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The decline of the gentleman in late modernity (Mark Wegierski)

The decline of the gentleman in late modernity

Mark Wegierski

Current-day, hypermodern societies, such as the U.S., Canada, Britain, and western Europe – countries which were formerly among the world’s bastions of gentility – now have a hostile outlook and inherent bias against the traditional gentleman, or the man of manners and genuine cultivation. As a result, the general moral tenor, as well as the stability of family life in those societies, has been further undermined. There are a number of different factors that have led to the decline and devalourizing of the gentleman in late modernity.

  • Hyper-egalitarianism in late modern societies makes the gentleman seem like an archaic figure of aristocratic privilege.
  • The overthrow of traditional morality in late modern societies appears to make the gentleman and his ideals a suffocating standard which no one should be forced into.
  • The spread of mass-media pop-culture makes the gentleman’s ideal of manners and self-cultivation appear irrelevant and ludicrous. Usually, vulgar sport stars, rock stars, and movie stars are today’s primary heroes.
  • As the current-day oligarchic and bureaucratic power-elites have radically moved away from the traditional identifications of aristocratic national elites with history, patriotism, religion, and the countryside, the locus of the gentlemanly ethic (and often the source of his personal sustenance) has been undermined. The triumph of commercialism, and the exaltation of the merely rich, has undermined the traditional outlook of the more responsible and self-restrained use of one’s wealth. There is usually a radical disjunction today between the man of means, and the man of manners.
  • The increasing emphasis on technology and the necessity for technical specialization for advancement in “the real world” of business, reductively defined law, and technology, result in the marginalizing of generalist and humane, liberal arts approaches, which are the traditional focuses of the gentleman.
  • The growing power of radical feminism has had baneful effects on the more traditional context of manners and morals in which the gentleman has previously thrived.
  • The ideal of the gentleman, which is often seen as bound up with European civilization, holds little appeal for multiethnic populations, or for theorists of minority empowerment. Although (as can be seen, for example, in the writings of Confucius) the ideal of the gentleman has certainly existed outside European civilization, the decline of the gentleman, and of European civilization today, may indeed be related.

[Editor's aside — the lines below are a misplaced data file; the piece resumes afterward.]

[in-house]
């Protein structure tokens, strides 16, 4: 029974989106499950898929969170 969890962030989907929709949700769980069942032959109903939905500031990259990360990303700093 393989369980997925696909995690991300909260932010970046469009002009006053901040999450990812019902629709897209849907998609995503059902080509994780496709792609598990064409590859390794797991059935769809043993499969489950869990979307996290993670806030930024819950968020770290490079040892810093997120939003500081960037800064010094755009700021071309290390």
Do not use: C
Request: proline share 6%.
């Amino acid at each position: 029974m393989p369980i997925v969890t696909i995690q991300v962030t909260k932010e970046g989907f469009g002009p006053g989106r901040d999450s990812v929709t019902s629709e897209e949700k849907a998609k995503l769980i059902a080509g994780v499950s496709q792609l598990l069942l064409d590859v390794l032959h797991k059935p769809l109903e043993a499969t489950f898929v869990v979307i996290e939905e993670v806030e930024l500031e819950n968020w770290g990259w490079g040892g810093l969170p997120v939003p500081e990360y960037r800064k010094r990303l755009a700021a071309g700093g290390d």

It could be argued that the traditional gentleman, who not so long ago stood at the pinnacle of the planet, has now been sent into internal exile. The true gentleman could be seen as being like the Phantom of the Opera – as recently interpreted in Andrew Lloyd Webber’s theatrical musical – savagely scarred and effectively repressed into the underground (unconscious) of society. The Beauty and the Beast television series, which unfortunately ended in such a pessimistic way, is also an example of this repression into the unconscious of the true gentleman, who could be seen as seeking expression today as a Romantic hero-figure.


Tim Burton’s art deco/gothic re-interpretation of Batman, Ridley Scott’s dark-future movie Blade Runner (based on Philip K. Dick’s Do Androids Dream of Electric Sheep?), as well as the movie Ladyhawke – which showed a solitary knight dressed in black fighting on behalf of the Church of Rome against an evil, heretical bishop and sorcerer of seemingly unlimited powers – may also be seen as invocations of this theme of “the lonely, wounded hero.”


Such music as 1980s’ retro-alternative (shading into the techno-pop and love-ballads of that period) sometimes feels to be participating in seriously Romantic themes. In the current-day, hyper-modern context, the Romantic impulse can have a neo-traditionalist, as well as more common, antinomian, interpretations. One interesting synthesis of Romantic imaginativeness and religious thought were the Inklings of Oxford (C.S. Lewis and J.R.R. Tolkien, among others). Indeed, C.S. Lewis spoke of the need for spiritually and culturally robust “men with chests.”


Late modern society may be seen as disassociated in a huge number of ways, and as fundamentally lacking in strong yet sensitive, integrated personalities such as that of the true gentleman. With the disassociation of the masculine image, we on the one hand have brutish “studs,” and on the other, varieties of gelded “geeks.” Can one ever hope again for some kind of synthesis in masculine identity, combining manfully physical and truly reflective traits?


It can be suggested that NO society calling itself civilized can function long without the now-threadbare cloak of pieties and decencies the true gentleman represents. Yet, will the spirit of the gentleman ever substantively return?


Today, it seems unlikely.


Mark Wegierski is a Toronto-based writer and researcher.



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